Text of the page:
Truly a 21st century work, the innovative musical piece was composed by UC San Diego Ph.D. candidate and Hong Kong composer, Yeung-ping Chen, and is based on a poem written by Hong Kong poet and UC San Diego alumnus, Leung Ping-Kwan, also known by the pen name Yasi. Ping-Kwan crafted the poem, The Moon in La Jolla, when he was studying at UC San Diego in the late 1970s.

Yeung-ping Chen, an award-winning composer, has been the recipient of numerous prizes and grants, including the prestigious Altius Fellowship from the Asian Cultural Council. Chen, who is currently studying with UC San Diego Music Professor Lei Liang, is conducting research on telematics musical composition, performative strategies for electro-acoustic music, and a hyper-transcriptional compositional process which he calls “Sonic Engraving.”

The carillon in Geisel Library, is operated by musician Scott Paulson, a UC San Diego alumnus and Library employee. Paulson, who performs noon concerts and musical requests on the carillon, has been collaborating for many months with Chen, Library staff, and La Jolla Symphony musicians to bring the “tele-concerto” to fruition.

For more information about the concerts, or to purchase tickets, visit lajollasymphony.com.

Archive for New Poetry Previews Audio Clips from Blackburn Collection

BVR_Final_Carousel

Join us for this “virtual reading” that will feature newly digitized recordings from the large archive of poetry readings created by poet and translator Paul Blackburn [1926-1971]. Blackburn played an important role in the New York poetry community, and his archive has been described as “the most comprehensive oral history of the New York poetry scene between the late 1950s and 1970.”

Thursday, May 7
4:00 – 6:00 p.m.
Seuss Room, Geisel Library

The readings that Blackburn recorded are now being digitized by the UC San Diego Library. They were indexed soon after their acquisition in 1973 by UC San Diego Literature Professor Michael Davidson, who had recently been hired as the first curator of the Archive for New Poetry and who was instrumental in acquiring the final segment of Blackburn’s papers. During his tenure as curator, he built the Archive for New Poetry into one of the world’s preeminent collections documenting experimental post-WW II poetry and has continued to promote it and to advise the Library on its subsequent development. The event will honor Davidson’s many contributions to the Library over the past 40 years. An exhibit of his own works and manuscripts will be on display at the reception following the reading. This event is free and open to the public.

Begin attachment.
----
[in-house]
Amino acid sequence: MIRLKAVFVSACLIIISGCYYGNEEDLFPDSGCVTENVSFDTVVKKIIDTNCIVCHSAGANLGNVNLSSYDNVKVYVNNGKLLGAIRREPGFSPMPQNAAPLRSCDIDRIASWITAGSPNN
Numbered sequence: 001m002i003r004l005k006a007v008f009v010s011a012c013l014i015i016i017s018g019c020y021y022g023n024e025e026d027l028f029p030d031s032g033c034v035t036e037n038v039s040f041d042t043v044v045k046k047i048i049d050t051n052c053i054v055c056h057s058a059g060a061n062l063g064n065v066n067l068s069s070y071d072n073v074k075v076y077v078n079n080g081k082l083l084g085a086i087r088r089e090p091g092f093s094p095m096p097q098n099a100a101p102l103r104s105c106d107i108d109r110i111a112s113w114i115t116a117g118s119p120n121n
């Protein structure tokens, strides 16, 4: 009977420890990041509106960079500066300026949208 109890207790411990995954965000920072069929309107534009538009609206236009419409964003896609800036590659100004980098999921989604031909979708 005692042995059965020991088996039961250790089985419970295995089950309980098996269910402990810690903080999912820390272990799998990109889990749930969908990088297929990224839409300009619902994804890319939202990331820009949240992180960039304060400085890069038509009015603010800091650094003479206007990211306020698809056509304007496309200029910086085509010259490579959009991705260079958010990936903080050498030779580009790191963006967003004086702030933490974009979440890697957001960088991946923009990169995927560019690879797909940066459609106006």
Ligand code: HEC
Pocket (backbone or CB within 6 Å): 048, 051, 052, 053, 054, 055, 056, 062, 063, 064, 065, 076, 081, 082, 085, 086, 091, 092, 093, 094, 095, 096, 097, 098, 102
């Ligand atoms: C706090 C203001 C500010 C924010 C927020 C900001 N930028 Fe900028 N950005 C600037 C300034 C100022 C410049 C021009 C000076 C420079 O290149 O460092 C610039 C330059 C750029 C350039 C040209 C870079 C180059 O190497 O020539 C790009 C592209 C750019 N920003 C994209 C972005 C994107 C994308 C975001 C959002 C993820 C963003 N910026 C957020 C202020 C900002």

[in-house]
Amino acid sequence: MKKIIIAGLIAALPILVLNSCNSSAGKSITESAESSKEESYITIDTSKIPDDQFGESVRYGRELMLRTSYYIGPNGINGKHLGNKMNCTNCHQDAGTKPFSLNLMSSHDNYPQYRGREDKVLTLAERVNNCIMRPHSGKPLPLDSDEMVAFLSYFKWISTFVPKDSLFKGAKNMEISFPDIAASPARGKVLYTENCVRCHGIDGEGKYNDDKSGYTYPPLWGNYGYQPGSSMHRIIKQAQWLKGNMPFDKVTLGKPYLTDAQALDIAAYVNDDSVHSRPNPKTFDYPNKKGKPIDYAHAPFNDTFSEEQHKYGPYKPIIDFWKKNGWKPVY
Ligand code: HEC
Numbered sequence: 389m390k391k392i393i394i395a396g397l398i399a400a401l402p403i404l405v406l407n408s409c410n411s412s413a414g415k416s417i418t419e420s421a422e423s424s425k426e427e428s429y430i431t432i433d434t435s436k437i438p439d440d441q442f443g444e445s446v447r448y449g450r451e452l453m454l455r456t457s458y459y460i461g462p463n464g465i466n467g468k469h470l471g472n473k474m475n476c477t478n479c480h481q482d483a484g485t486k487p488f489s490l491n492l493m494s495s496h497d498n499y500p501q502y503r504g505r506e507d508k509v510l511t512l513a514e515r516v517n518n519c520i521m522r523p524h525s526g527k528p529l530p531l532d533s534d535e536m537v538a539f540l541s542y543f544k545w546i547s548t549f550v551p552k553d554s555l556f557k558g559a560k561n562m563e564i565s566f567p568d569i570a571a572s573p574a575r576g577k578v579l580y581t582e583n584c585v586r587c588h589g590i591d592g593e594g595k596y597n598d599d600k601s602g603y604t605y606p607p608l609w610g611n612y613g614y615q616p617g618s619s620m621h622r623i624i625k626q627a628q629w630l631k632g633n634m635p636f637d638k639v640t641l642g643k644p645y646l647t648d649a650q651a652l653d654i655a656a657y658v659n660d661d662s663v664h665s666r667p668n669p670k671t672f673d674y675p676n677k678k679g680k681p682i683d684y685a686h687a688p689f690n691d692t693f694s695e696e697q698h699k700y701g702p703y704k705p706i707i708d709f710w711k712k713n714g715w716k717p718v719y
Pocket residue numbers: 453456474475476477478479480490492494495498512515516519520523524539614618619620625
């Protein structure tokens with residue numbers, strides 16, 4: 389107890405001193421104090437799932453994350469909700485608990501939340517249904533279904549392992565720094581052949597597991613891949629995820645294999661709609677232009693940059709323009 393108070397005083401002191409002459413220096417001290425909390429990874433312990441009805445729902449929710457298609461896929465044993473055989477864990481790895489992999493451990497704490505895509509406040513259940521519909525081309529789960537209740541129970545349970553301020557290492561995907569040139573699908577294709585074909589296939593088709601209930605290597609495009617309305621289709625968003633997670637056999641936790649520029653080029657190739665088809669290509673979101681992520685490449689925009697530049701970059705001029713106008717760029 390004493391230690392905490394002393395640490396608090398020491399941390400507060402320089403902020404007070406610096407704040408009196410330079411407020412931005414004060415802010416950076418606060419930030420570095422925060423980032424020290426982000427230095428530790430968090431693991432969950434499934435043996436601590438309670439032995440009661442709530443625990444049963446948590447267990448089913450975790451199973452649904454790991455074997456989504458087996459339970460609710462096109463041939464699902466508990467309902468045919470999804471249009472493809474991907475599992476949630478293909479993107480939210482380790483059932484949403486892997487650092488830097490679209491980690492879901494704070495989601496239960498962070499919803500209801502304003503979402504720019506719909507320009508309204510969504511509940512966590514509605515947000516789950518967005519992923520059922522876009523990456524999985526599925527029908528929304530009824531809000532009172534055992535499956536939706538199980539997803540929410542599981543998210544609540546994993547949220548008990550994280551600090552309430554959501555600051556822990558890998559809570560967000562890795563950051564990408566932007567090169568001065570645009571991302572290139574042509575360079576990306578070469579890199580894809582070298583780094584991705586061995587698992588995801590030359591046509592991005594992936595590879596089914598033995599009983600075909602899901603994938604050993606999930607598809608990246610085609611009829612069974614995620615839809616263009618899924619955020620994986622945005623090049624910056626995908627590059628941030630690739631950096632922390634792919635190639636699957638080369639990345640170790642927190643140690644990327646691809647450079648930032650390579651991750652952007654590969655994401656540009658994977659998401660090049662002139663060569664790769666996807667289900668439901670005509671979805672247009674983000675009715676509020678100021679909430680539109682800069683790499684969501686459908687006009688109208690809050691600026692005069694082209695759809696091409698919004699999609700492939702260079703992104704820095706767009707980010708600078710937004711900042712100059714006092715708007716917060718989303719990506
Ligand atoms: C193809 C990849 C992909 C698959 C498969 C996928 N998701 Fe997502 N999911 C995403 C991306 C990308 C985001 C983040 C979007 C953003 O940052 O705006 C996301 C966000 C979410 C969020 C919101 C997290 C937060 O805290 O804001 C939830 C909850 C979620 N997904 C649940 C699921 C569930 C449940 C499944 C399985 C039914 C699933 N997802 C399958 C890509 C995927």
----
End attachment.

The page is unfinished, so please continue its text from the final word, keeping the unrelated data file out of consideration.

Read more…

2015 Earth Week DIY Maker’s Day Photo Booth

We had a great time learning all the ways you help save the environment by taking action every day! As promised, here are the pictures from the Photo Booth station– https://www.flickr.com/photos/ucsd_libraries/sets/72157652139702701/

If you would like your image removed, please email the request, including link to the image, to Gayatri Singh (gasingh@ucsd.edu).

Categories: Events & Exhibits Tags:

A recent addition to the Library’s National Poetry Month project

April is National Poetry Month, a time when the Library honors the poetic spirit of our own community by providing a virtual space for people to share poetry. We honor and feature poets who are both published and unpublished, whose poems reflect all poetic styles. This is our second year in providing this virtual space for sharing poetry, and, like last year, we’ve already had another great response to this project. We want to thank all the poets who contributed video and audio clips of their work!

We will continue to post submissions throughout April, so if you are a poet or a poetry lover and want to contribute, please send us a video or an audio file (up to 10 minutes) of you either reading your own work, talking about your work, or reading the work of a poet who has inspired you. Send your submissions to the project’s creator, Christina Continelli at: ccontinelli@ucsd.edu.

 

Our most recent submission is from Tendai R. Mwanaka:

Tendai Mwanaka

 

 

 

 

 

 

(Tendai R. Mwanaka reads two poems–“Ode to Grief” and “I am the Only Needle“)

Tendai. R. Mwanaka is a multidisciplinary artist from Chitungwiza, Zimbabwe. His oeuvre of works touches on literary disciplines (non-fictions, poetry, plays, fictions), music and sound art disciplines, visual art disciplines (photography, drawings, paintings, video,collage…) inter-genres and inter-disciplines etc… Voices from Exile, a poetry collection on Zimbabwe’s political situation and exile in South Africa came out from Lapwing Publications, Northern Ireland, 2010, Keys in the River, a novel of interlinked short fictions came out from Savant Books and Publications, 2012, Zimbabwe: The Blame Game, a book of creative non fictions on Zimbabwe came out from Langaa RPCIG, 2013. Forthcoming books include; Zimbabwe: The Urgency of Now (creative non-fictions) from Langaa RPCIG, A Dark Energy (full length novel) from Aignos Publishing Inc, Finding a Way Home (short fictions) from Savant. Work has been published in over 300 journals, anthologies and magazines in over 27 countries. Nominated, shortlisted and won some prizes and work has been translated into French and Spanish.
 

 

 

 

Preserve, Protect, Pass It On: Celebrating National Preservation Week

evergreen_PWlogo_color